by Dr. Dave Coryell; C.E. USA - Executive Director, World C.E. - General Secretary
Nearly seven years ago my family moved into our current home. The house required several upgrades before we arrived with furniture including paint, new appliances, and a new roof. We noticed our gutter on the front of the house near a large birch tree was full of leaves, sticks and small plants. After we cleaned the gutter, my wife, Jen, and I decided to have a gutter guard installed to prevent further mess and labor.
Fast forward to this summer. I returned from a trip out of the country and unloaded all of my bags before one of our kids said, “Dad, I need to show you something.” The stern look made me think, “Oh no, some part of the house is broken!” I followed my child out the back door and onto our back porch. We turned as I followed the sight-line of a pointing finger to our gutter on the back second story section of the house. Multiple plants as tall as fifteen inches were growing out of the gutter! When Jen and I had discussed gutter guards seven years ago, we decided to pay for them to be placed on the places most exposed to debris from the tree. What we failed to think about was the possibility that over the years, enough random leaves and sticks could blow to the back of the house and cause a problem. In essence, our decision to use gutter guards on the front gutters was solid, but incomplete.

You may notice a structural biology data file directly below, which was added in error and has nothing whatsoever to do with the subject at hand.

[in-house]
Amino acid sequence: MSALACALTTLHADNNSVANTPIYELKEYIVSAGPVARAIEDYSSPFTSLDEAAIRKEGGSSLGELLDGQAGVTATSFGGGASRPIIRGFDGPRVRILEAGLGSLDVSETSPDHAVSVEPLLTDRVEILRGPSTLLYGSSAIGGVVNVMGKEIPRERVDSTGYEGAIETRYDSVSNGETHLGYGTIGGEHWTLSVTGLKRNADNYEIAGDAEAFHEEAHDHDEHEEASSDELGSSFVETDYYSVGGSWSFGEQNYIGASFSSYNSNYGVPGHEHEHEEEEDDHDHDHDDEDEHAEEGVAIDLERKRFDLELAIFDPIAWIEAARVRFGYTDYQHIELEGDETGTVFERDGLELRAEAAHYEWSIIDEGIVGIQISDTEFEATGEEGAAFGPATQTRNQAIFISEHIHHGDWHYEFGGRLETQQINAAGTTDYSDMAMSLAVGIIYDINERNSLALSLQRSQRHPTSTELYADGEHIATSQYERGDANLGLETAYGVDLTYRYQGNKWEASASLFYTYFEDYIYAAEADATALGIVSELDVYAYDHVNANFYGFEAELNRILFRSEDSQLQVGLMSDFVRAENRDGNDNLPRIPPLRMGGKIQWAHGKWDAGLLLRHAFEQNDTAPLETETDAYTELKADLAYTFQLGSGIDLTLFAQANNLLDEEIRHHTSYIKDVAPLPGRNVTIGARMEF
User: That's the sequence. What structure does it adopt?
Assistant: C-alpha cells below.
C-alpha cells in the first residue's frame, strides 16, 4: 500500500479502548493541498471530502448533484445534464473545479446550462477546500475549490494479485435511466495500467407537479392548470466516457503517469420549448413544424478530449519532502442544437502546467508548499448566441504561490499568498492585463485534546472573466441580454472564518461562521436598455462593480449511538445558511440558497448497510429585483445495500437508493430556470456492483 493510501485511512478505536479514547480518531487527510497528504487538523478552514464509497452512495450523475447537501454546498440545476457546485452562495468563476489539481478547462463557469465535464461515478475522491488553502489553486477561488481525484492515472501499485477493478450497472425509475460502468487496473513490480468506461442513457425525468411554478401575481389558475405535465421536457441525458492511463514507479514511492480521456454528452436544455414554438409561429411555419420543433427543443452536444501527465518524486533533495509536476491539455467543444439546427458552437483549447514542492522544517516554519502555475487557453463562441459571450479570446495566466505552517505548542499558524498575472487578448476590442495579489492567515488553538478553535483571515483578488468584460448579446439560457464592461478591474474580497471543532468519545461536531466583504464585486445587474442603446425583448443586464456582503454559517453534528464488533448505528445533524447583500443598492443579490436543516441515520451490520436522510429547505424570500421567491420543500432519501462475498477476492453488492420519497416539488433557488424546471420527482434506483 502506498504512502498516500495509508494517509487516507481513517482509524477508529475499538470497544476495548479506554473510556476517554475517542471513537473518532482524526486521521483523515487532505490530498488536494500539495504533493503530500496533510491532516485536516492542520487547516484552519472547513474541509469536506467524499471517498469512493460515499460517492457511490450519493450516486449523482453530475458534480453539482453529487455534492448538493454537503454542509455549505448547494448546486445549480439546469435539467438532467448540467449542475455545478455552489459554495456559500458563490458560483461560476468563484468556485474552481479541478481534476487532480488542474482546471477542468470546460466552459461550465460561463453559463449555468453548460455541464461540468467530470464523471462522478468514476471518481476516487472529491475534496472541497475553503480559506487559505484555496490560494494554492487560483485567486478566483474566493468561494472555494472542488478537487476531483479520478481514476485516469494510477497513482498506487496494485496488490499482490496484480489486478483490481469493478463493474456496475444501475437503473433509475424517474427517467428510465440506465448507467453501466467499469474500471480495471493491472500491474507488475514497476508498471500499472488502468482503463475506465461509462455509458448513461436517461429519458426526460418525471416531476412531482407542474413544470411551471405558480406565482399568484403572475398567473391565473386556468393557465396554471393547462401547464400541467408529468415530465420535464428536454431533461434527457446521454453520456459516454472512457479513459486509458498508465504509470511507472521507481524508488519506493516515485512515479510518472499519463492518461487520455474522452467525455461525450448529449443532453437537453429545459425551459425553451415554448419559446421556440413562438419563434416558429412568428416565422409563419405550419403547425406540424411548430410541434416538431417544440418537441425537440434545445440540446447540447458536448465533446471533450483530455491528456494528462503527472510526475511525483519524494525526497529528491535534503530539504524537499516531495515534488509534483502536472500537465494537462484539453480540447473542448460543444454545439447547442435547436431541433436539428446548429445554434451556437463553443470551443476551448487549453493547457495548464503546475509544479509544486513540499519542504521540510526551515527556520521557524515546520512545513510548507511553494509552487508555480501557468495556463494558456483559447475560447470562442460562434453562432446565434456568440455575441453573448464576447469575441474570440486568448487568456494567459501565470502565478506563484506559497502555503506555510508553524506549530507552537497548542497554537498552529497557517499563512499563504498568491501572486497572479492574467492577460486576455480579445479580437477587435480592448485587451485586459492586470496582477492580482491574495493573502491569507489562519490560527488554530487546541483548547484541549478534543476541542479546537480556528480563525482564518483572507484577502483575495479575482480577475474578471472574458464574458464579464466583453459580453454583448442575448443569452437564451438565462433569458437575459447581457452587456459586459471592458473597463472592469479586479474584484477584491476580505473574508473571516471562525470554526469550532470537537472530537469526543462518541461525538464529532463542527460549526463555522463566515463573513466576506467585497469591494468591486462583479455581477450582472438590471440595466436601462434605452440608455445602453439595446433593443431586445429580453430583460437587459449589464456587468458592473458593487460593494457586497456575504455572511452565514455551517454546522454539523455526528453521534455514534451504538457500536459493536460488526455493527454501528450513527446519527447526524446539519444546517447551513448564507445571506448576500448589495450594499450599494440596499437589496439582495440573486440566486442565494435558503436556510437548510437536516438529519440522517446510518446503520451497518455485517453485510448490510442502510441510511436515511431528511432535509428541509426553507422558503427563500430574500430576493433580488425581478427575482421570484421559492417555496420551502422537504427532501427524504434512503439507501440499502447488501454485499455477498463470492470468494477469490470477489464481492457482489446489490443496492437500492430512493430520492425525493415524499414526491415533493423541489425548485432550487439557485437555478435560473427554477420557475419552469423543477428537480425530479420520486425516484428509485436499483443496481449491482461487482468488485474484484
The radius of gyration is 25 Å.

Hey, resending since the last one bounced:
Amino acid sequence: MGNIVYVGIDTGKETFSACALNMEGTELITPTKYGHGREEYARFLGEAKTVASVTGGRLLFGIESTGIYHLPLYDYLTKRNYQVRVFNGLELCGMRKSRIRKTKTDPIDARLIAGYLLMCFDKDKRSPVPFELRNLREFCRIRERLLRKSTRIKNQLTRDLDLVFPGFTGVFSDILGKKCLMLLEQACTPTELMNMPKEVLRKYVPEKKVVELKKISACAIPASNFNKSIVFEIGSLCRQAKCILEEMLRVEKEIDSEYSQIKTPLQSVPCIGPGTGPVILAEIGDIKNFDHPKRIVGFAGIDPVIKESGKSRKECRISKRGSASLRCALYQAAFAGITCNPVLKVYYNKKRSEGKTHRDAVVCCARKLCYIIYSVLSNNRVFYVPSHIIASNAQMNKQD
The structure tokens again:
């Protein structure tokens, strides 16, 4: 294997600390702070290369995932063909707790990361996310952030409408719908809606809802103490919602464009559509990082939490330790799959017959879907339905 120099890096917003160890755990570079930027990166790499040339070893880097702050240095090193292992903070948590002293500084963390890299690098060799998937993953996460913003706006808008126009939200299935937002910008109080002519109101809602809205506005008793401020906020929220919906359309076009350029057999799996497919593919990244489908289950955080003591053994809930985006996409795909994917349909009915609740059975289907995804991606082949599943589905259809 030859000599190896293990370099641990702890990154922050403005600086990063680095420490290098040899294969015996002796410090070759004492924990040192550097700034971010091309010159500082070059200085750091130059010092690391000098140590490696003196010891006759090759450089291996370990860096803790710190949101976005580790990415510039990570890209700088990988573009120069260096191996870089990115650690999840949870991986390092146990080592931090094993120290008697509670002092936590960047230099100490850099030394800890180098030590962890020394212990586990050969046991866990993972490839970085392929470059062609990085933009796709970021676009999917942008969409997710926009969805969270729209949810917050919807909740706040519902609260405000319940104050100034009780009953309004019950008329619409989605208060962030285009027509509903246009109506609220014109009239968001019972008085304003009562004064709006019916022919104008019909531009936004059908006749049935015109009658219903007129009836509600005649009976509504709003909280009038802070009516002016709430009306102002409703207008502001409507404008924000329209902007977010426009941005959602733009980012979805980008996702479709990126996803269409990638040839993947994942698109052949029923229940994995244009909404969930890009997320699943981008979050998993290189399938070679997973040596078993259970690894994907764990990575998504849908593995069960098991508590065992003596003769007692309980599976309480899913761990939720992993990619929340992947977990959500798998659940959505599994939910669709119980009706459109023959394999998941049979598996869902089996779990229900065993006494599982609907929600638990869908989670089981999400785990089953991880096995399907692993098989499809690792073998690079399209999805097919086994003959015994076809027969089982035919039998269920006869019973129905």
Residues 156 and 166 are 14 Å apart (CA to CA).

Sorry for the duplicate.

We have also applied incomplete thinking in our churches due to incomplete data in the area of discipleship. Over the last decade I have asked hundreds of pastors, youth workers, and concerned citizens about the discipleship plan used at their churches. The three main answer categories include:
We hire a youth worker or find a volunteer to oversee the youth ministry.
We have youth group, Sunday school and activities like retreats.
I have no idea or we have none.
Allen Hadidian’s thought from his book on Discipleship in 1987 shared that 95% of all churches have no plan to move people from being a new believer toward being a reproducing follower of Christ.
How about your church? How about your life? Is your discipleship approach incomplete? Watch for my next blogs where I debunk two valid, but incomplete approaches to grow young people as disciples.